Robert Cormier resided in the town where I lived (Leominster, Massachusetts) when I taught elementary school from 1975-1985. During that time and later, I heard him speak many, many times and was always captivated. He was so humble, so unpretentious, and full of anecdotes about the forces in society that pushed him to write each book. He died in 2000 at the age of 75, a great loss to teen readers and those who love freedom from tyranny.

Wednesday, September 7, 2011

Scottish Crime Fiction: Gordon Ferris, Anyone?

I'm delighted to discover that Scotland's Gordon Ferris's The Hanging Shed, the first book to introduce his new detective Brodie, has been quite a Kindle bestseller since Christmas 2010. I find it wonderful (and amazing) that certain titles are becoming e-book bestsellers without ever gaining a huge following in hardcover or paper. It's a fascinating phenomenon, and a global one. Perhaps folks in the UK can pick up Ferris's books no problem, but here in the US, forget it, unless you have the Amazon Kindle. The Hanging Shed has received the highest accolades from European Crime Fiction afficiandos (click on the link for a review), and I hope to read it very soon, via my Kindle, of course. Only nine dollars! I have to ask Katrina, of Pining for the West, do you know Gordon Ferris's work?

The Hanging Shed is set in Glasgow, 1946. Fantastic for my postwar fetish!

The first week of school has wreaked TOTAL HAVOC with my personal reading. School work from early morning til dinner. May this phase pass soon!

Sunday, September 4, 2011

Whither My Direction in Books?

From May until mid-August, I read dozens and dozens of books and enjoyed the freedom of following my fancy, like a guest at a gourmand's banquet, while also pursuing my interest in German literature in translation.

So, with the fall teaching semester beginning this week, what plans do I have for my reading? I have oodles of books on tap, in every genre, to suit every mood, stacked next to my reading couch.

From September through December, I plan to be in the midst of reading one book of history at all times. I love history, spent a decade writing and publishing my own works of history, so perhaps I feel I have distanced myself too much from this genre.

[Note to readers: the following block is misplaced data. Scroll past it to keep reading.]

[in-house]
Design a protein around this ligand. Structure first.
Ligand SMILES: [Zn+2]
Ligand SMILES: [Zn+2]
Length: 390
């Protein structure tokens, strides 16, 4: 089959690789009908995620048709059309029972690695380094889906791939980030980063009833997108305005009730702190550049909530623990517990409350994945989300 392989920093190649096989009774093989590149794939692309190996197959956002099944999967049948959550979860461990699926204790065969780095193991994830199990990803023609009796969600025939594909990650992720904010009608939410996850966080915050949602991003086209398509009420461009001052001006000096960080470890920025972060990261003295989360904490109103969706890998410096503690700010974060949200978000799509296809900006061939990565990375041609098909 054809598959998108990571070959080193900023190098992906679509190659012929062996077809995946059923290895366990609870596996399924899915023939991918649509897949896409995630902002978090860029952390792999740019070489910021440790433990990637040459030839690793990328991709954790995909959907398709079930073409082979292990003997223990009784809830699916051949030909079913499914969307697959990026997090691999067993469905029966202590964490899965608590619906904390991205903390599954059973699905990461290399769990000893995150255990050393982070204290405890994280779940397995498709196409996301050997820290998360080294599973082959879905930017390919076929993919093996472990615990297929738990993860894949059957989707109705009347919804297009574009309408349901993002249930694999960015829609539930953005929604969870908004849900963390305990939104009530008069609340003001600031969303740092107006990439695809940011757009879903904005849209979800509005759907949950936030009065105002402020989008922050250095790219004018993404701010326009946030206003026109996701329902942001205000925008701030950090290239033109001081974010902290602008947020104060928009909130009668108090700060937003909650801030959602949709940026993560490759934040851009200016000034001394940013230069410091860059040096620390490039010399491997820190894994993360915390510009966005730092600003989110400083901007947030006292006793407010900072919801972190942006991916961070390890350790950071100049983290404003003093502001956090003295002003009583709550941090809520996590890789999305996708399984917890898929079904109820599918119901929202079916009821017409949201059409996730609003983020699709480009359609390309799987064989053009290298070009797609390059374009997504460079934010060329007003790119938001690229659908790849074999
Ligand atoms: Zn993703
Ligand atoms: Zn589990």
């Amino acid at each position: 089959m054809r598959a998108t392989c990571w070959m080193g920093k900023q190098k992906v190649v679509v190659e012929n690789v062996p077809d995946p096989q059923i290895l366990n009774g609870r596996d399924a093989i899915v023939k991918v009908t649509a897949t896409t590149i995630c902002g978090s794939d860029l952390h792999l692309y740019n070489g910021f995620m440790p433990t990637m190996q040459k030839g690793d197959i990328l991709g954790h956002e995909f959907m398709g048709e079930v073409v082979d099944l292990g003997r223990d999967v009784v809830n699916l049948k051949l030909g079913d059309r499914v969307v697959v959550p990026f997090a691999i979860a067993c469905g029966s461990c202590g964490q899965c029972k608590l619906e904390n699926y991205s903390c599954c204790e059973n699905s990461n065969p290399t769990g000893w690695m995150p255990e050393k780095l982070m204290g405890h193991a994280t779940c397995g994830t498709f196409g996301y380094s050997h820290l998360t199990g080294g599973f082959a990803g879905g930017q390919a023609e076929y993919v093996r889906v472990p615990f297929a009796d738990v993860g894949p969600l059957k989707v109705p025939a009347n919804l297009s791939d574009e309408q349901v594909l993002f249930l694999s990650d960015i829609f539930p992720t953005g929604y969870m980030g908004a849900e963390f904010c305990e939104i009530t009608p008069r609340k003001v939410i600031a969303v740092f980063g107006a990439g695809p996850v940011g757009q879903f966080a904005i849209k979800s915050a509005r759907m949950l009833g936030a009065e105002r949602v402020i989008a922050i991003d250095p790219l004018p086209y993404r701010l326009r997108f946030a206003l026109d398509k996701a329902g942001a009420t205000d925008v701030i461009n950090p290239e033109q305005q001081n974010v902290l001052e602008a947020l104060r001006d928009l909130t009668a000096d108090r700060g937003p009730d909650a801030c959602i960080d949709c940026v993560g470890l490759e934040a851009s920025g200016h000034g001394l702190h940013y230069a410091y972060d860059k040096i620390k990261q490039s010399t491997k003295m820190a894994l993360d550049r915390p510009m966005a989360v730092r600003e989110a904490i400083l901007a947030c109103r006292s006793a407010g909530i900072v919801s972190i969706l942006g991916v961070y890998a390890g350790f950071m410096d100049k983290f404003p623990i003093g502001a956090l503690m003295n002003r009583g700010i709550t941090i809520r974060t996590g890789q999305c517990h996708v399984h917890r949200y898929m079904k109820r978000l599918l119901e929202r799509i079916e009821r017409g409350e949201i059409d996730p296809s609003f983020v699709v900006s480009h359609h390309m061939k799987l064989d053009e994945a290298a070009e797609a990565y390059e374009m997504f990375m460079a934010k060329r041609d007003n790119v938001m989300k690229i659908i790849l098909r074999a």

Yet, concomitant with my history reading, I also intend to be in the midst of reading a work of fiction at all times. I hope I continue my exploration of European crime fiction because I have enjoyed these novels immensely all summer long. Still, I don't expect that all my fiction reads will be ECF.

On the days I am not teaching, I plan to read for a minimum of one hour each morning. On the days I am teaching, I will read for 30 minutes before dinner. (This is a bare minimum--I hope to spend more time reading than this.)

So I'll wish myself luck with this plan and see how it goes.

I also plan to post a blog entry at least three times per week.

What's Up Next!
My current history read is Leningrad:The Epic Siege of World War II, 1941-1944 by Anna Reid, a British historian, who is also the author of The Shaman's Coat: A Native History of Siberia and Borderland: A Journey through the History of the Ukraine. Leningrad has already received high accolades, for incorporating recently published scholarship and a new examination of Soviet archives. Reid does not intend to surpass Harrison Salisbury's 900 Days, but her examination and analysis supersedes all that Salisbury had access to back in the 1970s. The Siege of Leningrad was an epic human cataclysm in which thousands of people managed to survive despite all the odds stacked against them.

My Fiction Read: Maisie Dobbs by Jacqueline Winspear. I imagine many of you have read it. Did you like it? Did you go on to read additional titles in the series? I'm hoping this will be a relaxing, get-away-from-it-all read.

Saturday, September 3, 2011

Rafa Saw Me Through

First off, I am wholly and truly OKAY, through and through.

I'm sure you all know by now that I am a diehard tennis fan. I truly don't have a favorite player, or, to be more precise, I have many, many favorite male and female players. I also have a very, very few whom I dislike intensely, but you won't find their names here.

That's because what I'm trying to say is that the new biography Rafa made my pre-hospital and hospital experience easy. Yeah, it's a recently published celebrity bio, with lots of tennis strategy and stories of his family and favorite matches. Perfect for a tennis fan who loves Rafa, which I do, but then again I also love Andy Murray, Novak Djokovic, Mardy Fish, Gael Monfils, and so on and so on. I'm inspired by many women players as well. I admire these champions' physical endurance, their guts, their inspiration, and their ability to turn a very bad day into a great day.

Thank you for indulging me in the previous discussion.

Now, on to the future of my books and reading. I was so stunned to pick up a new hardcover history I purchased from Amazon at the post office morning, because it was not expected to be published until the end of September. (I had pre-ordered it.) Voila! Leningrad: The Epic Siege of World War II, 1941-1944 by Anna Reid is here and ready to be read.